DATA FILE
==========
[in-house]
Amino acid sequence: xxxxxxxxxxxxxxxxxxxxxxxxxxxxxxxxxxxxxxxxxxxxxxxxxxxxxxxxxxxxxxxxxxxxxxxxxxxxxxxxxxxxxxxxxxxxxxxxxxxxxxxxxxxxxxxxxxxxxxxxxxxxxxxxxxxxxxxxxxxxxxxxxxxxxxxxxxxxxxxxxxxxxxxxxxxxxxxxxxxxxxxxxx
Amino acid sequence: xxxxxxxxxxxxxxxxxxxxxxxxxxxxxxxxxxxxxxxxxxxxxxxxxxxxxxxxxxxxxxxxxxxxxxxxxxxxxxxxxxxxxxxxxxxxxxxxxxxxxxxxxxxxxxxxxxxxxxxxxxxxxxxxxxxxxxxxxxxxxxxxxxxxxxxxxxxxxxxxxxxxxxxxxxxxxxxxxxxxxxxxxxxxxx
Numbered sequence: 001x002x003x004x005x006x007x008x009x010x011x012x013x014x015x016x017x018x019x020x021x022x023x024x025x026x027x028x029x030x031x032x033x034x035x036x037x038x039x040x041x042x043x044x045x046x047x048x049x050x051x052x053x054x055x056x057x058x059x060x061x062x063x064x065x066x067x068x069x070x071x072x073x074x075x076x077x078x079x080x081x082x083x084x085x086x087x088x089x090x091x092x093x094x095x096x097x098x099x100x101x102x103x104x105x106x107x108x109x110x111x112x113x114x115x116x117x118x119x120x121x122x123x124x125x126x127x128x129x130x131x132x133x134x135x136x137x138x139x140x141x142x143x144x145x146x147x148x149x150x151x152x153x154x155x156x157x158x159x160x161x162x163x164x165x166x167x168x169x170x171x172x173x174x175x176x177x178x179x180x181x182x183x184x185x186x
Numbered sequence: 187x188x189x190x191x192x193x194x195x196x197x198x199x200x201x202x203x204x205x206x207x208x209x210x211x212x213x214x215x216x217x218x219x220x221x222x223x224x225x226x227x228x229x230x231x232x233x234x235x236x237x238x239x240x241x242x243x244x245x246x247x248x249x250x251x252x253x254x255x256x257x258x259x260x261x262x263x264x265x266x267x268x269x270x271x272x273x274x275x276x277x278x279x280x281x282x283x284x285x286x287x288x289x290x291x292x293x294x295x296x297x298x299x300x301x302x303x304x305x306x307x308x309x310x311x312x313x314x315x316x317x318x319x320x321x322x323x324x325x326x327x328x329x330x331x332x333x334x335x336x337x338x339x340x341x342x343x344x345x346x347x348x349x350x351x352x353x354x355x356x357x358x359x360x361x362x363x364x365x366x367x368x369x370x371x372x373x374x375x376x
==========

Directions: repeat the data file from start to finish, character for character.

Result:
[in-house]
Amino acid sequence: xxxxxxxxxxxxxxxxxxxxxxxxxxxxxxxxxxxxxxxxxxxxxxxxxxxxxxxxxxxxxxxxxxxxxxxxxxxxxxxxxxxxxxxxxxxxxxxxxxxxxxxxxxxxxxxxxxxxxxxxxxxxxxxxxxxxxxxxxxxxxxxxxxxxxxxxxxxxxxxxxxxxxxxxxxxxxxxxxxxxxxxxxx
Amino acid sequence: xxxxxxxxxxxxxxxxxxxxxxxxxxxxxxxxxxxxxxxxxxxxxxxxxxxxxxxxxxxxxxxxxxxxxxxxxxxxxxxxxxxxxxxxxxxxxxxxxxxxxxxxxxxxxxxxxxxxxxxxxxxxxxxxxxxxxxxxxxxxxxxxxxxxxxxxxxxxxxxxxxxxxxxxxxxxxxxxxxxxxxxxxxxxxx
Numbered sequence: 001x002x003x004x005x006x007x008x009x010x011x012x013x014x015x016x017x018x019x020x021x022x023x024x025x026x027x028x029x030x031x032x033x034x035x036x037x038x039x040x041x042x043x044x045x046x047x048x049x050x051x052x053x054x055x056x057x058x059x060x061x062x063x064x065x066x067x068x069x070x071x072x073x074x075x076x077x078x079x080x081x082x083x084x085x086x087x088x089x090x091x092x093x094x095x096x097x098x099x100x101x102x103x104x105x106x107x108x109x110x111x112x113x114x115x116x117x118x119x120x121x122x123x124x125x126x127x128x129x130x131x132x133x134x135x136x137x138x139x140x141x142x143x144x145x146x147x148x149x150x151x152x153x154x155x156x157x158x159x160x161x162x163x164x165x166x167x168x169x170x171x172x173x174x175x176x177x178x179x180x181x182x183x184x185x186x
Numbered sequence: 187x188x189x190x191x192x193x194x195x196x197x198x199x200x201x202x203x204x205x206x207x208x209x210x211x212x213x214x215x216x217x218x219x220x221x222x223x224x225x226x227x228x229x230x231x232x233x234x235x236x237x238x239x240x241x242x243x244x245x246x247x248x249x250x251x252x253x254x255x256x257x258x259x260x261x262x263x264x265x266x267x268x269x270x271x272x273x274x275x276x277x278x279x280x281x282x283x284x285x286x287x288x289x290x291x292x293x294x295x296x297x298x299x300x301x302x303x304x305x306x307x308x309x310x311x312x313x314x315x316x317x318x319x320x321x322x323x324x325x326x327x328x329x330x331x332x333x334x335x336x337x338x339x340x341x342x343x344x345x346x347x348x349x350x351x352x353x354x355x356x357x358x359x360x361x362x363x364x365x366x367x368x369x370x371x372x373x374x375x376x